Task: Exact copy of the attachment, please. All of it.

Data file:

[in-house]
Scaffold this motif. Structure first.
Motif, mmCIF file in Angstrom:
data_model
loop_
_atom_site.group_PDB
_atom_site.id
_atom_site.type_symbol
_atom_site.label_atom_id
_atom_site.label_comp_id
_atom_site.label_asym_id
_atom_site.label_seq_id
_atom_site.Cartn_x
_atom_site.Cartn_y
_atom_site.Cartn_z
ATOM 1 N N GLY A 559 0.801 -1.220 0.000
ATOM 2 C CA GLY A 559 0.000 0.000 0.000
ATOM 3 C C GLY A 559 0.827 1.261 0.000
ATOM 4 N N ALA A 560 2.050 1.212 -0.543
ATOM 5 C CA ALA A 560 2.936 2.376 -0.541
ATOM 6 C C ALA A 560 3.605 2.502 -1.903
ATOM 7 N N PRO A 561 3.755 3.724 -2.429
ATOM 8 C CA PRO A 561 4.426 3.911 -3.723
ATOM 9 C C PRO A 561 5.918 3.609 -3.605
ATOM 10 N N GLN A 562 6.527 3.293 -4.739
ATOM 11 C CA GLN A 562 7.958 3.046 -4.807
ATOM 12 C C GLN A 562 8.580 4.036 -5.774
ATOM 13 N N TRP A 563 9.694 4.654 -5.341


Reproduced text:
[in-house]
Scaffold this motif. Structure first.
Motif, mmCIF file in Angstrom:
data_model
loop_
_atom_site.group_PDB
_atom_site.id
_atom_site.type_symbol
_atom_site.label_atom_id
_atom_site.label_comp_id
_atom_site.label_asym_id
_atom_site.label_seq_id
_atom_site.Cartn_x
_atom_site.Cartn_y
_atom_site.Cartn_z
ATOM 1 N N GLY A 559 0.801 -1.220 0.000
ATOM 2 C CA GLY A 559 0.000 0.000 0.000
ATOM 3 C C GLY A 559 0.827 1.261 0.000
ATOM 4 N N ALA A 560 2.050 1.212 -0.543
ATOM 5 C CA ALA A 560 2.936 2.376 -0.541
ATOM 6 C C ALA A 560 3.605 2.502 -1.903
ATOM 7 N N PRO A 561 3.755 3.724 -2.429
ATOM 8 C CA PRO A 561 4.426 3.911 -3.723
ATOM 9 C C PRO A 561 5.918 3.609 -3.605
ATOM 10 N N GLN A 562 6.527 3.293 -4.739
ATOM 11 C CA GLN A 562 7.958 3.046 -4.807
ATOM 12 C C GLN A 562 8.580 4.036 -5.774
ATOM 13 N N TRP A 563 9.694 4.654 -5.341